What I really like is when a song may have two, even three different arrangements so waht looks like an 11-track album may have 15 or 16 songs total. Some of it comes off like mini hip-hop operas in the vein of Beastie Boys’ “B-Boy Bouillabaisse” or Siah And Yeshua Dapo ED’s “A Day Like Any Other”, where you’re unsure where a part of a song will drift to until you listen to it in full. Even that will lead listeners to want to listen to it a few times to get a grip. While Cherry Bomb shows hints of where he came from, it very much shows a path he is ready to explore, where it’s the unpredictability of something along the lines of Divine Styler or maybe twist and get into MC 900 Ft. Jesus mode, all while showing a solid style that shows he’s more than capable of dropping in a hardcore way without getting freaky or eccentric, all while being that freak and eccentric rapper he is known as. The album is a nice balance of the known and previously unknown, so I hope he will continue to balance on that fine line for projects to come.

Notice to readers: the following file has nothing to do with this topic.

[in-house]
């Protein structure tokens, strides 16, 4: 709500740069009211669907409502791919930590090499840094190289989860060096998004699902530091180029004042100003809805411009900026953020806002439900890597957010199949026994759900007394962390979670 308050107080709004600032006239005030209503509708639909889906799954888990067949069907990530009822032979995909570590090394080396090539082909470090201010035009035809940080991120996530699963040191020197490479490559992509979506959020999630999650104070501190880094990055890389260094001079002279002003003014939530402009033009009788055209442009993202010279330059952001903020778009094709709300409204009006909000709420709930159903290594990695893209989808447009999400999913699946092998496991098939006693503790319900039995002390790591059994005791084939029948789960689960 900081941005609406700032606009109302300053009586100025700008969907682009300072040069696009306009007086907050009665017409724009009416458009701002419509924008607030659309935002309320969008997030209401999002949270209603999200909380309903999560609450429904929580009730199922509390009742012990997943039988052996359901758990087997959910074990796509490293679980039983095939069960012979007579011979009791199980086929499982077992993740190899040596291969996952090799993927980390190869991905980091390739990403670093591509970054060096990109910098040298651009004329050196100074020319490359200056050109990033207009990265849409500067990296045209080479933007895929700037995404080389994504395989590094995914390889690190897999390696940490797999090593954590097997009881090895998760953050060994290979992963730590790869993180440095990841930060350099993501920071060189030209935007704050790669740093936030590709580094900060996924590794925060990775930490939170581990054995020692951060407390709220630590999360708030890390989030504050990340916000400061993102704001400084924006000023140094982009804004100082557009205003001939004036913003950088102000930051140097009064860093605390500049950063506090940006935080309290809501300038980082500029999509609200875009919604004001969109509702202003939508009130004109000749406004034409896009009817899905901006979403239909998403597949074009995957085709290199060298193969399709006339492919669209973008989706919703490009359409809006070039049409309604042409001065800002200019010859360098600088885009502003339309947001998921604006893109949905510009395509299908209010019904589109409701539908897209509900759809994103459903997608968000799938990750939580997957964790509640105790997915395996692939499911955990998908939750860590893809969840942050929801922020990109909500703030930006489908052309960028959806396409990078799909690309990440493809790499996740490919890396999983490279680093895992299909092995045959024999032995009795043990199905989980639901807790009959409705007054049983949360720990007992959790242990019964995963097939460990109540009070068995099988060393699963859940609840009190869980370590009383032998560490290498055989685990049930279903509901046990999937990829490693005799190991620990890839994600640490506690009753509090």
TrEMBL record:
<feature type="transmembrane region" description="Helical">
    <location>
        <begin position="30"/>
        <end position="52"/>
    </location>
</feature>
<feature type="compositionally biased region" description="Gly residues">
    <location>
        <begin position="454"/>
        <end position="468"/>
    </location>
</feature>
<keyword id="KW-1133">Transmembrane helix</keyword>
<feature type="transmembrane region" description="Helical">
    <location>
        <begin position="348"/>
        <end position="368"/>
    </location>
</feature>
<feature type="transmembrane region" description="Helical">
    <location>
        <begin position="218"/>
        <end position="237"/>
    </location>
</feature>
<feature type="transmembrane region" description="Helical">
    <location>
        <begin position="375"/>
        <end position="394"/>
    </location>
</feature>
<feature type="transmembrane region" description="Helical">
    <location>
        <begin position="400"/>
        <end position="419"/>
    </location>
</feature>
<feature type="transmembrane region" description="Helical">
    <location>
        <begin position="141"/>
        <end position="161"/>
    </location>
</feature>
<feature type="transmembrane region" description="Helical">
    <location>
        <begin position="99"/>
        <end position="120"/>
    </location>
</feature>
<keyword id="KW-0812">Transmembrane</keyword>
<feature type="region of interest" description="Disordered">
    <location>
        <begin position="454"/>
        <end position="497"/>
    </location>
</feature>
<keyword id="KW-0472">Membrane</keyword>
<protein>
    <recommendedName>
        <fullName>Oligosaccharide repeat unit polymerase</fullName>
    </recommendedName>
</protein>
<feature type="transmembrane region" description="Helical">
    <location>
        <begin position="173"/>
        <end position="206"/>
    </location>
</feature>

REVIEW: Lightning Bolt’s “Fantasy Empire”

Lightning Bolt photo LightningBolt_cover_zps2h1zcho0.jpg To say I was anxiously waiting for this album to be released would be putting it mildly and lightly. When Lightning Bolt create something new, I want to concentrate with all nine of my ears. There was a bit of a worry that Fantasy Empire would’ve sounded more polished, the songs would be more mainstream in how they were put together, and you would be able to hear drummer Brian “Black PUs” Chippendale sound in the same way Virgin Records made a cleaner mix of “American Woman” so you could hear a much more crisp Lenny Kravitz. Did it happen? Oh hell no.